As a grandfather, I now regret my misguided childhood indifference to the snippets of my own grandparents’ talk about being taught Polish grammar in their basement. They had been born in Poland in the late 1800’s – a time when their homeland had been “disappeared” under the welter of partitions of the previous century. Their basement home schooling was a response to the criminalization of the use or instruction of their native tongue – one of many efforts by Tsar Alexander II to Russify the Polish Slavs. If only they were alive today, how I would be pressing them for details!
Of course using the eradication of a language as a weapon to murder a culture isn’t something restricted to countries other than our own. In a recent edition of Orion magazine – that wonderful ad-free chronicler of the natural world – Robin Wall Kimmerer writes of her Potawatomi grandfather being sent to the Carlisle Indian School of US Cavalry officer Captain Richard Henry Pratt at around the same time the Tsar was busy throttling Polish. There, children were forbidden from using the Potowotami language as part of the school’s avowed purpose, in the founder’s own words, as a means to “kill the indian and save the man.” To Pratt’s credit, he was among a minority of conquering Americans who did not consider native Americans to be ‘subhumans’ and is credited with being one of the first people to use the term ‘racism’ in a pejorative sense to criticize policies of racial segregation . But his willingness to blame the native American way of life while apparently believing in the individual native American’s biological equality bespeaks the complexity of issues of nature vs. nurture.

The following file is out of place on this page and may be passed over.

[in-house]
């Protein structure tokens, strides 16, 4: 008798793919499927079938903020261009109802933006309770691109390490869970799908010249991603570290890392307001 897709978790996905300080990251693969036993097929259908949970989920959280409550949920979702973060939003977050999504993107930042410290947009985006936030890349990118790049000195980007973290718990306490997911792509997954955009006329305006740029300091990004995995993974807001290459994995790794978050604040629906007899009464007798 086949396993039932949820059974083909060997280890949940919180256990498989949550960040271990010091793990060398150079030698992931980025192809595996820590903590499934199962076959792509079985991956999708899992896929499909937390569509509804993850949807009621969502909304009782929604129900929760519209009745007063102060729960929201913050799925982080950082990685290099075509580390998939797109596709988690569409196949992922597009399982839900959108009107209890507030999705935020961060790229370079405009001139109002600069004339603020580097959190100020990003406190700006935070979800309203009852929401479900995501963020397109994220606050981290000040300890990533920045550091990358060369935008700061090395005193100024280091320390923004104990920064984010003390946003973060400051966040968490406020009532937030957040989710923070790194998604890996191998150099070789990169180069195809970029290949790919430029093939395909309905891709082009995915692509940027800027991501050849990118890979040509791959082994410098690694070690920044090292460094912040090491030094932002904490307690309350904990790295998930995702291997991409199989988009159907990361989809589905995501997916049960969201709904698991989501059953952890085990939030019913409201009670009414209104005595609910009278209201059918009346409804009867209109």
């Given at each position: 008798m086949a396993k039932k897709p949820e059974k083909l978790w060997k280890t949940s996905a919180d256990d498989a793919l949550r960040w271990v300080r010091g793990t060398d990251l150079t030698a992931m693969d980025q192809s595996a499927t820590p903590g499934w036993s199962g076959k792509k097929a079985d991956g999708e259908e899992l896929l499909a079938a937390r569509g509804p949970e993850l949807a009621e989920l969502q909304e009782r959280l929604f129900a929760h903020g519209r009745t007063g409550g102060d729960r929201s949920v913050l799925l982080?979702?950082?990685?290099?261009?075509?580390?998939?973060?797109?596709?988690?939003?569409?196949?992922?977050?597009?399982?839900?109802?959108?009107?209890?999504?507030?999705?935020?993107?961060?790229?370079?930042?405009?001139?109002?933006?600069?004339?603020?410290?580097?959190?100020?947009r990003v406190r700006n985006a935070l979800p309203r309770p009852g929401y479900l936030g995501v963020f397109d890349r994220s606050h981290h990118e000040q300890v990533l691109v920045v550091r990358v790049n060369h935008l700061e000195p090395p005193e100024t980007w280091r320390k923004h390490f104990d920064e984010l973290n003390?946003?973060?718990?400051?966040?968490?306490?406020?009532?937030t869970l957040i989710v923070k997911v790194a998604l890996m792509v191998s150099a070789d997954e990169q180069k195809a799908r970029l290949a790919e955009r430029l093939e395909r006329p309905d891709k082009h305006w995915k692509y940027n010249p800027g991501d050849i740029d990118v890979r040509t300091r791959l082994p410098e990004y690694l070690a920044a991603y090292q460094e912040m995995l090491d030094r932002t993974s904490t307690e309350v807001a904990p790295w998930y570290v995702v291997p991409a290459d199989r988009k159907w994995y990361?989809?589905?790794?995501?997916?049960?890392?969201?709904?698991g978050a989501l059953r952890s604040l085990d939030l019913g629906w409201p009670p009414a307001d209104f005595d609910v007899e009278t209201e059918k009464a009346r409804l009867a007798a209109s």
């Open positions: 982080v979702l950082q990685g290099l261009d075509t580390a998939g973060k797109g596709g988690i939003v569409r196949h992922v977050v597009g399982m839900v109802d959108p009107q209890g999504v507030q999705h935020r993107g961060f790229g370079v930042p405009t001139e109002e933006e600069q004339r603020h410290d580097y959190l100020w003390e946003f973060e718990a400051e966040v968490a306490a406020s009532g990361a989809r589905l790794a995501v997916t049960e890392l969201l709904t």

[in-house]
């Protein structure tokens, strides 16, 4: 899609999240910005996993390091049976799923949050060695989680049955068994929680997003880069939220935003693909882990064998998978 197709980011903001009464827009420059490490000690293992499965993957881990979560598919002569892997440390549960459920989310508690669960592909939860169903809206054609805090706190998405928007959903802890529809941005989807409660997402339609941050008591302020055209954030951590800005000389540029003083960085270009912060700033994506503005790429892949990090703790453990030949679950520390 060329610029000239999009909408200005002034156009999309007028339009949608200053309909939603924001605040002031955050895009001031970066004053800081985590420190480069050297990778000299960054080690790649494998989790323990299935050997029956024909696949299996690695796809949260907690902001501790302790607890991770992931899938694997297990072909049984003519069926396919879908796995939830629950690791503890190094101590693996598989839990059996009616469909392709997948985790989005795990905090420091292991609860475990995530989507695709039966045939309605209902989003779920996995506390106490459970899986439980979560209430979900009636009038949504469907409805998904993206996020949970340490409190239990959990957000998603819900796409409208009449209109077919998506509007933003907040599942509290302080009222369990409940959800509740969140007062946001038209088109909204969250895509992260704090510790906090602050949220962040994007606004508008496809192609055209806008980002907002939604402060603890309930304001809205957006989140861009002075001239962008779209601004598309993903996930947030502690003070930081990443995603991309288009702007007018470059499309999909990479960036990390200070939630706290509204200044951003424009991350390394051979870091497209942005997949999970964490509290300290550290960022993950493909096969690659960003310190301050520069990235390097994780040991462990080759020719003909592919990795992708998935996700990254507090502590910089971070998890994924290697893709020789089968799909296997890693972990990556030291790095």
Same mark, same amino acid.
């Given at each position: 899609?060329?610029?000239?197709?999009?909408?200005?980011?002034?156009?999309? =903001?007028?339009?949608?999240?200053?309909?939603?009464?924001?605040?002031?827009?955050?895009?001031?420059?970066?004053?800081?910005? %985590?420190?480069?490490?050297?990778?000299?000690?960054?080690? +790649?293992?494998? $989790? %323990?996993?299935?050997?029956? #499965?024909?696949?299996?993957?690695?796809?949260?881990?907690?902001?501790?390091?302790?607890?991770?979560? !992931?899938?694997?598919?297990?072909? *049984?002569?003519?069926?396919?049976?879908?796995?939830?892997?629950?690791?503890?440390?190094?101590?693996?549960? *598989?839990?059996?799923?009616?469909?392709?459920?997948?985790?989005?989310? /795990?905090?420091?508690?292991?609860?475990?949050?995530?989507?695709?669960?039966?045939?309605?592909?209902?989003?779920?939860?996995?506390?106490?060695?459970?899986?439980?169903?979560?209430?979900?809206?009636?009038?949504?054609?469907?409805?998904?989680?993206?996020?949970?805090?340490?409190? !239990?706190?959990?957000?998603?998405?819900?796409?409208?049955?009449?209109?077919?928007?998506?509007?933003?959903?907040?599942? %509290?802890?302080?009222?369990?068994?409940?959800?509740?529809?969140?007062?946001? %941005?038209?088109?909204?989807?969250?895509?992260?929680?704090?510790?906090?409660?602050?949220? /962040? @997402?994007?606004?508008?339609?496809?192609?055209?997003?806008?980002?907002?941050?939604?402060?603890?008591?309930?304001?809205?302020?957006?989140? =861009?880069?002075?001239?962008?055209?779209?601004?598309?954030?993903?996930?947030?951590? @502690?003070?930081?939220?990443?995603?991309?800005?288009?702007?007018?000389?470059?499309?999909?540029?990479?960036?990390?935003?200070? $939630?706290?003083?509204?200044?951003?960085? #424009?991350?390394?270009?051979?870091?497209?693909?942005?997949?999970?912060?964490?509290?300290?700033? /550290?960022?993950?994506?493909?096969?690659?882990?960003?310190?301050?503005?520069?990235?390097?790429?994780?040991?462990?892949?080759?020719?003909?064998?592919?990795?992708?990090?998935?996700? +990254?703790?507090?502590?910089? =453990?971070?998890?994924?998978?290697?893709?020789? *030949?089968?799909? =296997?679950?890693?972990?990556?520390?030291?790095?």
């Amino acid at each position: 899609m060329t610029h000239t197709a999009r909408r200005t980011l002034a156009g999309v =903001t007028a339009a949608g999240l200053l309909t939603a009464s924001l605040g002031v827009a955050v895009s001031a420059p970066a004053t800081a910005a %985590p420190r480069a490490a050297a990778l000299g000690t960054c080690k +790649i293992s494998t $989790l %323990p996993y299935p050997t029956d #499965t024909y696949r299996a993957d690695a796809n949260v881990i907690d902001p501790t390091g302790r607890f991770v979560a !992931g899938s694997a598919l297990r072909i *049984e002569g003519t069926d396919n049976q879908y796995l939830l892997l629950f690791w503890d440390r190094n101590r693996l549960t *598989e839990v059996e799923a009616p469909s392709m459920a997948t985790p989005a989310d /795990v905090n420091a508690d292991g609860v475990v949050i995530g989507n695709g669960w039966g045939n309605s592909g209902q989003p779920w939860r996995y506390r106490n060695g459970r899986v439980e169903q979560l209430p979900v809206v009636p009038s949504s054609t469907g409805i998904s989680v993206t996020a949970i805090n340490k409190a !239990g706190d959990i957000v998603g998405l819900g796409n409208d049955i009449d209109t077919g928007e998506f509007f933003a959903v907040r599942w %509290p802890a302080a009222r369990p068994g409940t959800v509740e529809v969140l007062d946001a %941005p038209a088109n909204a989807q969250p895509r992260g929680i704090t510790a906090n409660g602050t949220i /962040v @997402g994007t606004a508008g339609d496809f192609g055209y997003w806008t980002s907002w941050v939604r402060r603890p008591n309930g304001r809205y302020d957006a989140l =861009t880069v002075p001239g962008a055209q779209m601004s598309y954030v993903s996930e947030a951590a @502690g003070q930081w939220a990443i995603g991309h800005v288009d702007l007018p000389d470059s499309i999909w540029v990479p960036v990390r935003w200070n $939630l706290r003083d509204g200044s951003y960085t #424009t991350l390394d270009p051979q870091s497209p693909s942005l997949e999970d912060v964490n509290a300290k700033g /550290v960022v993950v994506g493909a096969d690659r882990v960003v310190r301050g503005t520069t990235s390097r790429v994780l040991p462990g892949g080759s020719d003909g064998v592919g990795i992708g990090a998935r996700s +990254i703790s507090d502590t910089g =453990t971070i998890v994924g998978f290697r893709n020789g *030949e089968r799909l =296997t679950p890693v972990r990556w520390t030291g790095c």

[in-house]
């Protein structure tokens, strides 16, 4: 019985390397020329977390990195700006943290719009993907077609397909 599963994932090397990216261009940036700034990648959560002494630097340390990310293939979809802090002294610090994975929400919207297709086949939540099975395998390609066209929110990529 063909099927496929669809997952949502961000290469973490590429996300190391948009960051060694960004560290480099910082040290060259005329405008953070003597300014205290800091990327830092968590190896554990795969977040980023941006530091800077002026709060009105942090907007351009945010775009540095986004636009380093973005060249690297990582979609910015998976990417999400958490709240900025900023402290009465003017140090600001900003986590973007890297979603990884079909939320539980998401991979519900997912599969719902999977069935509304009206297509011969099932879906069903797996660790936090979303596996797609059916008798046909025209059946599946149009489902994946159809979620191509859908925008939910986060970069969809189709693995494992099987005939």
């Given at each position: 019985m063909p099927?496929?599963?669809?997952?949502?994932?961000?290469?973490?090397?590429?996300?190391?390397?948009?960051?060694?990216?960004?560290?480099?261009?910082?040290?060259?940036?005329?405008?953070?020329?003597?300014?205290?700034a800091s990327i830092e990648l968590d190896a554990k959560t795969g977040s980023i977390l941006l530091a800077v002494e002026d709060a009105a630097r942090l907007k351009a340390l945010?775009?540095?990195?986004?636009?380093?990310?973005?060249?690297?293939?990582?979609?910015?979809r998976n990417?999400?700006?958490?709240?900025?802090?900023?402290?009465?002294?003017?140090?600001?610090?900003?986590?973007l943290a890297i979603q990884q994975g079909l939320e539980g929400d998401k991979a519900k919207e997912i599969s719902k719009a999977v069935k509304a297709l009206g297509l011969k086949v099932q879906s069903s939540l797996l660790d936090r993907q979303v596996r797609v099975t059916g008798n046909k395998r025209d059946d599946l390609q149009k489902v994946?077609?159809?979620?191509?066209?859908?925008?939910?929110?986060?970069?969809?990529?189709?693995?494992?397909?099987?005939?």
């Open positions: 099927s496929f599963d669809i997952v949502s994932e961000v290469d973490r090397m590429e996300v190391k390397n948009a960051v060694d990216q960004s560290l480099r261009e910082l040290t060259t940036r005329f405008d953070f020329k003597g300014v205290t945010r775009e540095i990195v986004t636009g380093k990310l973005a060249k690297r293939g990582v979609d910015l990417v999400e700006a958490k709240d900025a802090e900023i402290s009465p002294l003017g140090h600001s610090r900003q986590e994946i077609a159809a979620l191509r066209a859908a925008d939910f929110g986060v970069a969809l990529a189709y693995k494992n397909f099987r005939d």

Kimmerer goes on to explore ways English and Potowotami portray different views of the relationship between man and the rest of the world – perhaps best exemplified by the familiar pronouns ‘he’, ‘she’ and ‘it’. In English the two former are reserved almost exclusively for fellow human beings and the last for nearly everything else. The Potawatomi tongue, however, avoids pronouns and relies more on verbs and word placement in their stead. Verbs come in two forms, one which relates to inanimate objects (‘it’ in English) but the other for animate ones. As a result, humans stand on equal footing with flora and fauna and even, possibly, some important rocks. As Kimmerer so eloquently puts it:
“You hear a blue jay with a different verb than you hear an airplane, distinguishing that which possesses the quality of life from that which is a mere object (italics are mine). Birds, bugs and berries are spoken of with the same respectful grammar as humans are, as if we were all members of the same family. Because we are. There is no it for nature…………..personhood is extended to all who breathe and some who don’t. I greet the silent boulder people with the same respect as I do the talkative chickadee.”
Kimmerer takes her thoughts two steps further. In one she explores ways in which blurring the bright English linguistic line between humans and the rest might ameliorate the harm done by the extractive, capitalization-heavy foundation of much of modern Western civilization. In the other she considers replacing ‘he’ and ‘she’ as well as ‘it’ with the word ‘ki’. Then she reflects on how this might even help us be more humble and worshipful when we exploit a natural resource or take a non-human life. (It might also, it seems to me, serve to defuse some of our counterproductive gender conflicts.)